When viewing lots of cells en masse, DNA transcription seems smooth and continuous. But on a single-cell level, DNA transcription proceeds in fits and starts. This erratic nature of transcription, which is dubbed transcriptional bursting, is partly why cells with identical DNA in the same environment differ from each other. Now, by analyzing the mRNA produced by single embryonic stem cells from mice, Itoshi Nikaido and others in the Lab for Bioinformatics Research as well as collaborators at Hiroshima University have identified some of the proteins that play a key role in regulating the kinetics of transcriptional bursting. Their findings and techniques may help to establish efficient methods for inducing the differentiation of pluripotent stem cells, such as human iPS cells, into specific cell types, and to study the origin and evolution of cancer since cellular heterogeneity that is possibly caused by transcriptional bursting occurs when cancer cells grow in the body. More

Ochiai H, Hayashi T, Umeda M, et al. Sci Adv 6, eaaz6699 (2020)

Coordination of hormonal signaling and nutrient metabolism drives critical life-cycle transition

Sep 18, 2020

Steroid hormones regulate many developmental transitions in animals, from metamorphosis in insects to puberty in people. Yet the compounds that determine the energy metabolism in these biological events have long been overlooked. Now, BDR’s Takashi Nishimura (former Lab for Growth Control Signaling) has discovered how steroid hormone signaling regulates glucose metabolism to drive the transition from larvae to pupal stages in the fruit fly. His work could have much wider implications that may extend to life-stage changes in people. More

Nishimura T. Curr Biol 30, 3624-3632.e5 (2020)

Humans develop more slowly than mice because our chemistry is different

Sep 18, 2020

In the early stages of vertebrate development, the embryo develops into a series of “segments” that eventually differentiate into different types of tissues such as muscles or ribs. This process is known to be governed by an oscillating biochemical process known as the “segmentation clock”. Mitsuhiro Matsuda and Miki Ebisuya of the former Lab for Reconstitutive Developmental Biology, now both at European Molecular Biology Laboratory (EMBL) Barcelona, and their colleagues have found that this segmentation clock progresses more slowly in humans than in mice because the biochemical reactions are slower in human cells. The differences in the speeds of biochemical reactions may underlie differences between species in the tempo of development. More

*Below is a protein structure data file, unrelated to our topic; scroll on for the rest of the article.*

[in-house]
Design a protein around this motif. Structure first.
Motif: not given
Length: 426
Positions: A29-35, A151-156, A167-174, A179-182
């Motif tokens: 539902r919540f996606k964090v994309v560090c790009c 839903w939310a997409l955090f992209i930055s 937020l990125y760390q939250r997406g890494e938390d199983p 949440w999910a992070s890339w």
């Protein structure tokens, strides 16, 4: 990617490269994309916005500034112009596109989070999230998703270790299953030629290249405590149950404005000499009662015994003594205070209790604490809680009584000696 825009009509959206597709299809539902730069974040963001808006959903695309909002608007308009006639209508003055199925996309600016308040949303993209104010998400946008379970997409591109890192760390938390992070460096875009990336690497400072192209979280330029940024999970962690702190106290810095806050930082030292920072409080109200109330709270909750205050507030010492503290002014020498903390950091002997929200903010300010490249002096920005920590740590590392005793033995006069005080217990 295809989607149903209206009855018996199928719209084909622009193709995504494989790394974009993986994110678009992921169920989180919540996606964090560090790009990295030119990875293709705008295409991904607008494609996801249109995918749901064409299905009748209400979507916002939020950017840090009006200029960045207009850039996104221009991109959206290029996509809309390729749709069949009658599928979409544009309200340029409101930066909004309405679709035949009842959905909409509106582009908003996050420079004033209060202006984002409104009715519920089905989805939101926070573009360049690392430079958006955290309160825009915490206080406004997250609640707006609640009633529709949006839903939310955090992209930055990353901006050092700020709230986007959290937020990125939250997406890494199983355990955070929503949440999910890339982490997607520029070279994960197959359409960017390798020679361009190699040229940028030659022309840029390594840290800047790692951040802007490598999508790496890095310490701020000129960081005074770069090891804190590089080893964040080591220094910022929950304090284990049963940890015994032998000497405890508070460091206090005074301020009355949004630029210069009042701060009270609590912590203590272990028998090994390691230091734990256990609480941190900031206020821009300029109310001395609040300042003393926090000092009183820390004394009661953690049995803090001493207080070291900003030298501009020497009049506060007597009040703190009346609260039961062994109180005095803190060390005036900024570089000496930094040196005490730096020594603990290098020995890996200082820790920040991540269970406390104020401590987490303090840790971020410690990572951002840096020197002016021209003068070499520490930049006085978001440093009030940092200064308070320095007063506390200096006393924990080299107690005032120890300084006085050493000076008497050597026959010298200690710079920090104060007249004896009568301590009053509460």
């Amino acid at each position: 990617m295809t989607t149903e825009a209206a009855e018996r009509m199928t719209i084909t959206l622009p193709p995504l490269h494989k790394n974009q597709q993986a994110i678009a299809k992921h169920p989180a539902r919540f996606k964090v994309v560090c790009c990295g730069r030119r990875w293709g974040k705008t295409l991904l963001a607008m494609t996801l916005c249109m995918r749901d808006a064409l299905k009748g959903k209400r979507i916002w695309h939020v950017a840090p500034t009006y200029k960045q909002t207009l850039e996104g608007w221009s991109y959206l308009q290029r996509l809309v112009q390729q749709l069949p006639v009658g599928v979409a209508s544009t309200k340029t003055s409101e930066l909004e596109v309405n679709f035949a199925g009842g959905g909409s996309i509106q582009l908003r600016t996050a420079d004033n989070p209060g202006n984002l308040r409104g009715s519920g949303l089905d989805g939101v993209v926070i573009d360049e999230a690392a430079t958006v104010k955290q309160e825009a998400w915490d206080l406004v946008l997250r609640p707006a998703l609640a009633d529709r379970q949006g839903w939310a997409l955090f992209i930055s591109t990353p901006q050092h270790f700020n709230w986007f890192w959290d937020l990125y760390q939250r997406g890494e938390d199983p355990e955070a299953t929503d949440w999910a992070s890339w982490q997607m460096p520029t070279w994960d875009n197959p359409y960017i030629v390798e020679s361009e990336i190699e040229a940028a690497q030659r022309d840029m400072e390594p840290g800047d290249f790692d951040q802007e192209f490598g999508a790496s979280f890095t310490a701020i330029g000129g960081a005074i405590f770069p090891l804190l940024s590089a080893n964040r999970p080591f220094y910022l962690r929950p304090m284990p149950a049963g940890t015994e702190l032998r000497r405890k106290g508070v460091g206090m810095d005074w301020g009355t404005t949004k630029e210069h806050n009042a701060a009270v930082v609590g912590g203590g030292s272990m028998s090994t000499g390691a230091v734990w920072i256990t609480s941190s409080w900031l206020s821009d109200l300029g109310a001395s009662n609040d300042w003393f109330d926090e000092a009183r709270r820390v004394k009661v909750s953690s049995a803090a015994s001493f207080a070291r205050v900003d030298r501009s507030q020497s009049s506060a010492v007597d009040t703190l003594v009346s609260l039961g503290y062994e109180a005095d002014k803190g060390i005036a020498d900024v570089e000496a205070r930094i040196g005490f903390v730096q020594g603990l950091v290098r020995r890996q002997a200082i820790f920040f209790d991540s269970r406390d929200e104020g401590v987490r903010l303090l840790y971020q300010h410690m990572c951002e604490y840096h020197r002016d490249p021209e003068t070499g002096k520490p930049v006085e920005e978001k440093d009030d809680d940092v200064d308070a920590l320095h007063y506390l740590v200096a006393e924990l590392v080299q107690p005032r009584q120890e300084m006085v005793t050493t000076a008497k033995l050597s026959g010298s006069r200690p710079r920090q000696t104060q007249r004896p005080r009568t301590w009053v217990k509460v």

Matsuda M, Hayashi H, Garcia-Ojalvo J, et al. Science 369, 1450-1455 (2020)

rodent hibernation

A neural circuit that makes rodents go into a hibernation-like state found

Aug 28, 2020

Many mammals, from hamsters to bears, survive the harsh temperatures and food scarcity of winters by hibernating. Hibernation is essentially an energy-saving mode since it lowers the metabolic rate, allowing an animal to expend much less energy than normal. BDR’s Genshiro Sunagawa and Prof. Takeshi Sakurai’s group at the University of Tsukuba have found that activating a certain brain circuit causes mice and rats—non-hibernating animals—to enter a hibernation-like state. This finding could have implications for other non-hibernating mammals, including humans, and it might eventually find application in space travel and the transportation of seriously injured patients. More

Takahashi TM, Sunagawa GA, Soya S, et al. Nature 583, 109-114 (2020)